The saga continues. . .
The Wise Men of Gotham, Edward Wellen: Hey, it's a Riddler story! Well all right. Wait, the Riddler's working as a hired killer? Aw.
All of the Riddler's clues revolve around the tale of The Wise Men of Gotham, who convinced King John not to build a hunting lodge in their village by acting like complete fools. I couldn't necessarily figure any of the riddles out, but the place he planned to execute them was usually information not provided until Batman figured out the riddle, so perhaps that doesn't reflect too poorly on me.
There were two things in this story I found ridiculous. One was just kind of silly, but tolerable, the other was such a jarring thing to add in, especially to be dismissed so quickly. The first aspect was the use of the Bat-Signal. In this story, the signal is used to make the shape of a number on the sky. The number describes the location and time Gordon and Batman are to meet. So if it's a 1, they meet at the corner of First Street and First Avenue at 1 AM. Why not meet at the police station, the story made it clear people know Batman works with the cops, and you'd be safer from surprise attack there then on some dark street corner.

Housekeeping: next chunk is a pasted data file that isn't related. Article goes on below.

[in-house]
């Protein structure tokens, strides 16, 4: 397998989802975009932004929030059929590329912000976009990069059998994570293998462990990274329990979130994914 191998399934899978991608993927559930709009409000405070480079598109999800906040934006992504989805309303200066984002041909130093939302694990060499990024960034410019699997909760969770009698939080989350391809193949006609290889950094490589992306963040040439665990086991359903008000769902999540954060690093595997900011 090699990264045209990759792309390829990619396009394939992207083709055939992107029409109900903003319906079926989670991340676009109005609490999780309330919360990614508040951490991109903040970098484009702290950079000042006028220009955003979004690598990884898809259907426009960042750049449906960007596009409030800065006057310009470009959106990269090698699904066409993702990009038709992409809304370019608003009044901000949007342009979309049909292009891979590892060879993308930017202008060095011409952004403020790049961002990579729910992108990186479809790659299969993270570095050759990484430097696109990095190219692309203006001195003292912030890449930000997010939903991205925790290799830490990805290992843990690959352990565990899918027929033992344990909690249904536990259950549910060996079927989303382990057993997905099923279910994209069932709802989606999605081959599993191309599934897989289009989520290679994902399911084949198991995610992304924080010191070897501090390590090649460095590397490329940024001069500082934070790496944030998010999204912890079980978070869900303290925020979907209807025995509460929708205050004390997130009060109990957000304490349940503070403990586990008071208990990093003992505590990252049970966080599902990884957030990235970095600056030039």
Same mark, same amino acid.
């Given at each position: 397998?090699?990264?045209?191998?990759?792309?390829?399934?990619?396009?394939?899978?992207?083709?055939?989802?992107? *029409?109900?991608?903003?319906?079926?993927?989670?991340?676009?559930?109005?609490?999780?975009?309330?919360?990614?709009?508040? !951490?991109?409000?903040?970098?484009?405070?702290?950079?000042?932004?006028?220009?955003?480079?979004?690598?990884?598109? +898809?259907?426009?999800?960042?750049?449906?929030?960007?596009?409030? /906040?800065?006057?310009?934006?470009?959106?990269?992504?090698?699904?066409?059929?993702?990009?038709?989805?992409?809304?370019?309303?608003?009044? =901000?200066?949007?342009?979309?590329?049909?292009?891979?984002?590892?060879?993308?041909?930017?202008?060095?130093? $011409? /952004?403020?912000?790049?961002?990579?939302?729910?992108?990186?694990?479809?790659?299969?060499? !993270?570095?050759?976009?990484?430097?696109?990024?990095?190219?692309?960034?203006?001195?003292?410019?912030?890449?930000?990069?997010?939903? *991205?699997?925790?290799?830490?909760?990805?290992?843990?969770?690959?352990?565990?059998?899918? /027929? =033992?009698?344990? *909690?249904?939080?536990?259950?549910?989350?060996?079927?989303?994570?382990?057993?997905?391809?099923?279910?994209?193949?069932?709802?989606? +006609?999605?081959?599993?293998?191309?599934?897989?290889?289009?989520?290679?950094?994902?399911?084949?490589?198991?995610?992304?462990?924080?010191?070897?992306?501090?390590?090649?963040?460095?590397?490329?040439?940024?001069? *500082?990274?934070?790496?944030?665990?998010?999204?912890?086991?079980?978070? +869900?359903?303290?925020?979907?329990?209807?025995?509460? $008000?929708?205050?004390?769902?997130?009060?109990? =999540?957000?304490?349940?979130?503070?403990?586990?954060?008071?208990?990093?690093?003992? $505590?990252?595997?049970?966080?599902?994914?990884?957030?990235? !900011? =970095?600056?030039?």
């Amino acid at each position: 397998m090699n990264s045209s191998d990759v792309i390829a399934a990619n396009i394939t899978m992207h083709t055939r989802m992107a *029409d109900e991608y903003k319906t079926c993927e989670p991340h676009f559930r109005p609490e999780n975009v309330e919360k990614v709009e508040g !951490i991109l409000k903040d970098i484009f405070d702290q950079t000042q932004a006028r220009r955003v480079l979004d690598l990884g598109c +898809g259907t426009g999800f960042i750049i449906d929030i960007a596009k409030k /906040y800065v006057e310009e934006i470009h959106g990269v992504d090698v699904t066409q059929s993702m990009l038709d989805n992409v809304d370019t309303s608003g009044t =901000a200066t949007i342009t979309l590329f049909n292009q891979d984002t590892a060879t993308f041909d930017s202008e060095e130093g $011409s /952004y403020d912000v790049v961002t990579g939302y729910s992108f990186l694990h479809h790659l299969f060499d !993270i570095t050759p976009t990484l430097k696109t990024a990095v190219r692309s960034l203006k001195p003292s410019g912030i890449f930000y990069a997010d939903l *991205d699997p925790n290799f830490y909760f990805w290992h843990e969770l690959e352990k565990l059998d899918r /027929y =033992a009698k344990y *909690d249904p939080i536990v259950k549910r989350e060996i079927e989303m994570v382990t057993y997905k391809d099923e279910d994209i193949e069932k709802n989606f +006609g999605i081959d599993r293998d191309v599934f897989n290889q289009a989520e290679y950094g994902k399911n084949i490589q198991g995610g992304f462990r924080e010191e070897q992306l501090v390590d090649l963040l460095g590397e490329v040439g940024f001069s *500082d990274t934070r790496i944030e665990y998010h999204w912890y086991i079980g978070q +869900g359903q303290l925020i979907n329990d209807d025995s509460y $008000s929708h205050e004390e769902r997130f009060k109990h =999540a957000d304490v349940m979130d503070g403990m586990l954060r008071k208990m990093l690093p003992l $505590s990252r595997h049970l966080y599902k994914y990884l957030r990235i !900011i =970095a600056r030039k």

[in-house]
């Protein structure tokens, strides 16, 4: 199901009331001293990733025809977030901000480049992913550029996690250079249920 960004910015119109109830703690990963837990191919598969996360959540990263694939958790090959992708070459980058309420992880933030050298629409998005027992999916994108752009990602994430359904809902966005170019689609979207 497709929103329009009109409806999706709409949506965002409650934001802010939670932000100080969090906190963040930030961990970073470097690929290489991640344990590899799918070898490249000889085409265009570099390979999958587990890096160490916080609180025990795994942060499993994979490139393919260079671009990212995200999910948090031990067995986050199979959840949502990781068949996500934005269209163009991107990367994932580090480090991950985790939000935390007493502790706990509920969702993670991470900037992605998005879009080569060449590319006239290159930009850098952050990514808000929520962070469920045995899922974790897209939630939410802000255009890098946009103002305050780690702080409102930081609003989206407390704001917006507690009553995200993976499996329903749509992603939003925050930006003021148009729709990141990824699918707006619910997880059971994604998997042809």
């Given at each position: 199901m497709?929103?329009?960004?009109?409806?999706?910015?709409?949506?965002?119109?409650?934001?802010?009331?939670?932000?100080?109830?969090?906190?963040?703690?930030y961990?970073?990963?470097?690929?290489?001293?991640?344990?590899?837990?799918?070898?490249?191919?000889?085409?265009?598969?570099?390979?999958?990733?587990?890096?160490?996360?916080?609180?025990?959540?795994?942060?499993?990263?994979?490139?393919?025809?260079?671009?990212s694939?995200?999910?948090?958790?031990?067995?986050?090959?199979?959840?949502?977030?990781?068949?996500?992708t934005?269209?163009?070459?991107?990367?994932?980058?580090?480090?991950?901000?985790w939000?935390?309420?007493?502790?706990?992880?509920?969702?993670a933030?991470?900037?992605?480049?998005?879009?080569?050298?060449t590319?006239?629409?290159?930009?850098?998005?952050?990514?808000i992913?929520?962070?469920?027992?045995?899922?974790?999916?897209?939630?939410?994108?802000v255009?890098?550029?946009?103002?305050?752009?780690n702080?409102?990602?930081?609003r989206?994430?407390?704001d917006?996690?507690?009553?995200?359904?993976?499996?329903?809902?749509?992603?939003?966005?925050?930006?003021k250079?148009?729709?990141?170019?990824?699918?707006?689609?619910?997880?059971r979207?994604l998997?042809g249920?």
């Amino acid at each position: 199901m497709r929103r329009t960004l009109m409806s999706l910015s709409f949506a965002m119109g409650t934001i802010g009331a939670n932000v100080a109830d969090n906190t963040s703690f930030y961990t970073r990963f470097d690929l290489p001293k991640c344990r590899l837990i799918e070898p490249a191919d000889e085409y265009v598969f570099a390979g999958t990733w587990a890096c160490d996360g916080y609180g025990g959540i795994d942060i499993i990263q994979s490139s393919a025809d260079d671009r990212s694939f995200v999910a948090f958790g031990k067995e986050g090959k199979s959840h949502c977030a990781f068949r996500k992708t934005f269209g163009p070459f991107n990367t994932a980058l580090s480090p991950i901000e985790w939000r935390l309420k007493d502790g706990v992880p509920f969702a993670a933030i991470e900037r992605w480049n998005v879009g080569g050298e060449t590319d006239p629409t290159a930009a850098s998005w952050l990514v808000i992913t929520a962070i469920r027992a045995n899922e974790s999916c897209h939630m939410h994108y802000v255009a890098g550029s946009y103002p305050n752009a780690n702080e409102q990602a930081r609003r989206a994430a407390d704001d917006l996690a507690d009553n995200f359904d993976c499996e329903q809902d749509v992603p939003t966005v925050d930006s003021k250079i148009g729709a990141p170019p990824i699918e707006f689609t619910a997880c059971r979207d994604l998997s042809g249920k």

The second part comes near the climax. Batman has tracked the Riddler to a boat expo, and while moving through an underground passage, Bats is accosted by a homeless guy, one who thinks he knows the Caped Crusader. Later, as Batman thwarts the Riddler's murder attempt again, the homeless fellow takes a needle to the heart intended for Batman. As he dies, he stammers out that Batman's eyes are the same as the kid whose parents he murdered in a mugging a long time ago. Cripes.